The Martin-Busch-Hütte (2,501 metres) is a German Alpine Club mountain refuge at the end of the Niedertal Valley in the Ötztal Alps, Tirol. It is surrounded by 3,000m peaks.
Mountain shelter in the midst of high alpine grazing pastures
German Alpine Club, Berlin Division
Before hikers come in early summer, the sheep arrive. The Martin-Busch-Hütte is a focal point of the famous sheep drive from the Schnalstal Valley in South Tirol to the Niedertal-Almen pastures in the Ötztal Valley. The hut is located southwest of Vent at the end of the Niedertal Valley, which is actually a high valley - and an impressive one at that. The building stands close to the point where the Niederjochbach and Schalfbach stream merge with the Niedertaler Ache River. The spot where the Ötzi glacier mummy was discovered can be reached in a day from here. The well-equipped Martin-Busch-Hütte with its spacious and panoramic terrace was named after Martin Busch, who worked for the administration of the Austrian and German Alpine Clubs after the War.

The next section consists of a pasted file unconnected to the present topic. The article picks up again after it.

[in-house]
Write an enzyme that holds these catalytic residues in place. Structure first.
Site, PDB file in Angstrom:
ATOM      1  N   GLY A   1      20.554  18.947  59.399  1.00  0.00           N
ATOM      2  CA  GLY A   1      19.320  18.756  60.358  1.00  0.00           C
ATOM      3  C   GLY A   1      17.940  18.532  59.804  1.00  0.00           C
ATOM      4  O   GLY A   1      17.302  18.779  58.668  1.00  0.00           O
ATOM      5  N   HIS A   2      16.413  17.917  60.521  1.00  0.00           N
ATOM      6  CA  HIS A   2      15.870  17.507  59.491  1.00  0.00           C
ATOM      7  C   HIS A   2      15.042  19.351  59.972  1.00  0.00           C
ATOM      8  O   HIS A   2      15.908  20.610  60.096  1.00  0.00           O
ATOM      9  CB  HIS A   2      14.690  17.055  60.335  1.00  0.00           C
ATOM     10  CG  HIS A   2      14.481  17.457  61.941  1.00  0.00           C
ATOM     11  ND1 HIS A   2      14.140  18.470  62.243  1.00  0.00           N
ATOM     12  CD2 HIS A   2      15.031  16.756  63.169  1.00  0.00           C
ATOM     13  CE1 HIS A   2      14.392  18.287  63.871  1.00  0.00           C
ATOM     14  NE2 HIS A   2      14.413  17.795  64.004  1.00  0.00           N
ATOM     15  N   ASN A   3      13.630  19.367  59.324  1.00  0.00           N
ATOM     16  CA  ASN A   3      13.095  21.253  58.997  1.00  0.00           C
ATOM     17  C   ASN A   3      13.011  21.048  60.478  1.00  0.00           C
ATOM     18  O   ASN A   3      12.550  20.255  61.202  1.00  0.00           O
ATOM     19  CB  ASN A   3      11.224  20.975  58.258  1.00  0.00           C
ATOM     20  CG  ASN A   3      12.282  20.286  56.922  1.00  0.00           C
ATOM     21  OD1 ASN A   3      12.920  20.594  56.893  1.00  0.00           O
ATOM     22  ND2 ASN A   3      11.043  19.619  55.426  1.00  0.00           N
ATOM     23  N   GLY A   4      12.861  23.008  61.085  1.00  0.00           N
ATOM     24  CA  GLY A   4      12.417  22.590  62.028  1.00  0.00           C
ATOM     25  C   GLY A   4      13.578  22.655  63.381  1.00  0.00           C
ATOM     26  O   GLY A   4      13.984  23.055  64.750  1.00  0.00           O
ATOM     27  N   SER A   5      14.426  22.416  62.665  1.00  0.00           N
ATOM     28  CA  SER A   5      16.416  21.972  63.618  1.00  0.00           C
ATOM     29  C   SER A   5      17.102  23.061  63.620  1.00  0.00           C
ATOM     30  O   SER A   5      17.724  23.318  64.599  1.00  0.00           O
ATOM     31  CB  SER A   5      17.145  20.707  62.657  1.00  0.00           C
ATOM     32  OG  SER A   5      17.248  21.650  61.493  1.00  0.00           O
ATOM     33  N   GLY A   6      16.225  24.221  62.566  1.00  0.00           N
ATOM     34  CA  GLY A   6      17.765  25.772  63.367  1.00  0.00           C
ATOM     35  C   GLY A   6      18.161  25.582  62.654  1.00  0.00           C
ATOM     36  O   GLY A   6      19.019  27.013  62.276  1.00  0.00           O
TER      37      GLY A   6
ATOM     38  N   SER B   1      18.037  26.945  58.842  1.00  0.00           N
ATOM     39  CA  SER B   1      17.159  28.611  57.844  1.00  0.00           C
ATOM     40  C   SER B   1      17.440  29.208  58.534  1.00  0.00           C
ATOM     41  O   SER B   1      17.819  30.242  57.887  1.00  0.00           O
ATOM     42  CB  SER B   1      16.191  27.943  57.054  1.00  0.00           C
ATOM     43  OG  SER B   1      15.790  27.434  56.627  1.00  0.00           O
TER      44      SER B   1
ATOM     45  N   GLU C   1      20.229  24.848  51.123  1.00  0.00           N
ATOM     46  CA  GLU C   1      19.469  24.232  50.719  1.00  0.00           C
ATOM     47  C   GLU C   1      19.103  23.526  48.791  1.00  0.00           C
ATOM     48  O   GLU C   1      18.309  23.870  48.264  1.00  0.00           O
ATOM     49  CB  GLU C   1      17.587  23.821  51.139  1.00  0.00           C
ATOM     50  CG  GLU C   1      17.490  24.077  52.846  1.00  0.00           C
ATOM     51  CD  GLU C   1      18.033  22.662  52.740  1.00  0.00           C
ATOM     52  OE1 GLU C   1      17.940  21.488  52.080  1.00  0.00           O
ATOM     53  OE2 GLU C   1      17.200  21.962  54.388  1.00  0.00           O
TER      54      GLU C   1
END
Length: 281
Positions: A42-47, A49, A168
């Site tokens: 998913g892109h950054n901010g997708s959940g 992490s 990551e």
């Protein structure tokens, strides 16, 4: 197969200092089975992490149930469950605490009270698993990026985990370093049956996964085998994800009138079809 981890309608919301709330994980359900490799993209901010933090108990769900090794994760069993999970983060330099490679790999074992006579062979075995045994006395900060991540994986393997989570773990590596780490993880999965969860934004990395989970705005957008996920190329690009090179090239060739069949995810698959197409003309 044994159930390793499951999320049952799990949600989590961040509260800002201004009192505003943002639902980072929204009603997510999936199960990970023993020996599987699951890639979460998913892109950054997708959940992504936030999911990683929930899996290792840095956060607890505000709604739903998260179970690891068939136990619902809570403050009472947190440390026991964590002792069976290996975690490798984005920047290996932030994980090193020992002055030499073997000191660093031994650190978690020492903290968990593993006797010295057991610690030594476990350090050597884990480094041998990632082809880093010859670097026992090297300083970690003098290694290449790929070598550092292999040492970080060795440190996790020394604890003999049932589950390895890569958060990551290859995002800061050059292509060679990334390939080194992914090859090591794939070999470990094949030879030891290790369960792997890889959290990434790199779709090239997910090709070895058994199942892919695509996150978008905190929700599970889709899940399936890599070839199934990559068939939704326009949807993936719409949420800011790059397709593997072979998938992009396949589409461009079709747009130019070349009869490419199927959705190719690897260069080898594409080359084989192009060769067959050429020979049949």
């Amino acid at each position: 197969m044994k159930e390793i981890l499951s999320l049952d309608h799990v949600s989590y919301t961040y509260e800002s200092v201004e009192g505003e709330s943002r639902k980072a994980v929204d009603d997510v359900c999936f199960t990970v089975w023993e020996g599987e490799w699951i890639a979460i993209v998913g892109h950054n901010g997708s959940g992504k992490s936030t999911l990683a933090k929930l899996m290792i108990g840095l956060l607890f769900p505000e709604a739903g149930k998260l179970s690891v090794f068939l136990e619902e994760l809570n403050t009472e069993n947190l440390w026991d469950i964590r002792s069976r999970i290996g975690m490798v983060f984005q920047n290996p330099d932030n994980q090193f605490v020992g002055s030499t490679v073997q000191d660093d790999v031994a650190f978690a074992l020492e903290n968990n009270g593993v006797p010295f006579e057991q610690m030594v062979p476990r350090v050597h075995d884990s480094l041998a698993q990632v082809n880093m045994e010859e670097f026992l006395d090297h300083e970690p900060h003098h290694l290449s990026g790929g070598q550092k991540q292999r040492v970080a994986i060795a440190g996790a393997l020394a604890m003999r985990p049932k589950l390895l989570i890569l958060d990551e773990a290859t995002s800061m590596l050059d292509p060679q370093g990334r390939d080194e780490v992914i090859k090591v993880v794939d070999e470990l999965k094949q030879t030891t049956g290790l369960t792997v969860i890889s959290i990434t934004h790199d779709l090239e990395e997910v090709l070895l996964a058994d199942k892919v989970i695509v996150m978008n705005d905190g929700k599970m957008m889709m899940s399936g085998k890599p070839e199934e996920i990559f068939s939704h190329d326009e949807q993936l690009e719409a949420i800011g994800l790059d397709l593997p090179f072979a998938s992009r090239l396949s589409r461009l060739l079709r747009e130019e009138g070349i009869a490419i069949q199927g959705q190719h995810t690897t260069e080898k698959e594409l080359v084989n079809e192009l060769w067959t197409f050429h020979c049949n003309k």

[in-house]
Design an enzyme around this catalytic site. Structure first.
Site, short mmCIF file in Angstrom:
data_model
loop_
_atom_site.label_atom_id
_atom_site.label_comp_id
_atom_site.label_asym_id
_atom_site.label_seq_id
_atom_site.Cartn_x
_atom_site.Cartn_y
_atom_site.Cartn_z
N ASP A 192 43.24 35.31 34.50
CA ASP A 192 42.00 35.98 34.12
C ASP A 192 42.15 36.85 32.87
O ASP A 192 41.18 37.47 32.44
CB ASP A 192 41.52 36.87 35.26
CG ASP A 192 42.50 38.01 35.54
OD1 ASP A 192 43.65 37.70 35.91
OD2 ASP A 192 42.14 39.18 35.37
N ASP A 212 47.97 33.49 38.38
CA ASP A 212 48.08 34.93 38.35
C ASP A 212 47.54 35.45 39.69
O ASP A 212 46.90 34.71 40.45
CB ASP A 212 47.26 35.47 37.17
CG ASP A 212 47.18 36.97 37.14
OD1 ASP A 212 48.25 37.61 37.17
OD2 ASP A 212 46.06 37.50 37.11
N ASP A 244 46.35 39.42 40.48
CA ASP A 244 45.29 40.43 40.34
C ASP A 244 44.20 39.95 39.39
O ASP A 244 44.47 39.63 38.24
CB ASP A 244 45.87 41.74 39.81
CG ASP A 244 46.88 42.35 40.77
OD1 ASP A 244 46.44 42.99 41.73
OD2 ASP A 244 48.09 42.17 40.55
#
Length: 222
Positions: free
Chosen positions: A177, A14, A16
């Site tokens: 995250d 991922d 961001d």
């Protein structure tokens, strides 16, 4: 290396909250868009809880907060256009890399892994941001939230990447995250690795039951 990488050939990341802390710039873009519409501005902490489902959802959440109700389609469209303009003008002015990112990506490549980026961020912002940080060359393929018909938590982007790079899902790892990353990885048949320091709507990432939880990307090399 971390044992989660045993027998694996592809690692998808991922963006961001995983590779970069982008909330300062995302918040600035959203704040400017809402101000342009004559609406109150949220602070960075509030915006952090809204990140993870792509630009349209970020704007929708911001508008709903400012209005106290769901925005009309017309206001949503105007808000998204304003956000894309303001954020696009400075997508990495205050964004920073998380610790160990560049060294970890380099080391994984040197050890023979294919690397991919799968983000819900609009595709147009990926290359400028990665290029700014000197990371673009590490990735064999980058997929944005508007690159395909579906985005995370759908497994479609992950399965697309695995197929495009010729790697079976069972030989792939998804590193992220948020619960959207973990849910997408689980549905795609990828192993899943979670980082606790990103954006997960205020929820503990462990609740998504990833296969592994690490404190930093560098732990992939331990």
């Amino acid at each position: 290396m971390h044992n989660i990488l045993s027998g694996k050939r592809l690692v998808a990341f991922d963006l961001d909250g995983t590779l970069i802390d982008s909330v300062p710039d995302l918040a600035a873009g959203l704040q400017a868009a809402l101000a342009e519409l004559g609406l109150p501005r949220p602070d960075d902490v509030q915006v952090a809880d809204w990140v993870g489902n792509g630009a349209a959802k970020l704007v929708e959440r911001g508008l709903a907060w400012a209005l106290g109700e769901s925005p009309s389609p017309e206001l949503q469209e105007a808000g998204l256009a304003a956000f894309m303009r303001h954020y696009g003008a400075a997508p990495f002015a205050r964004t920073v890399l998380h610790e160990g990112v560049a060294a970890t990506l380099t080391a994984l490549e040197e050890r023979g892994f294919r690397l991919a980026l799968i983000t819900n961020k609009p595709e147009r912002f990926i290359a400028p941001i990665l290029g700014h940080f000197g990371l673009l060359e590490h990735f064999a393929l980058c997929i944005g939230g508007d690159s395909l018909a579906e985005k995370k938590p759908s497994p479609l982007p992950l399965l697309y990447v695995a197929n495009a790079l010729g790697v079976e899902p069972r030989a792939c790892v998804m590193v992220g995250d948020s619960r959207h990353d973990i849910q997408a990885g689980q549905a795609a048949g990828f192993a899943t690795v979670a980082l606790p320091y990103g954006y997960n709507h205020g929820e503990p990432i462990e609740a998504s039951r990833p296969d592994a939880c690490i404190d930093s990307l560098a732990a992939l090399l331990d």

Ascent to the Martin-Busch-Hütte
From Vent in the upper Ötztal Valley via a forest trail (3 hours)
Walks and hikes in the area (walking time to summit)
Kreuzspitze (3,455 metres), 3.25 hours, intermediate
Saykogel (3,355 metres), 3 hours, intermediate
Tisenjoch (place where Ötzi the Iceman was found, 3,210 metres), 3.5 hours, difficult
Hintere Schwärze (3,624 metres), 5 hours, difficult (glacier crossing)
Similaun (3,597 metres), 4.5 hours, difficult (glacier crossing)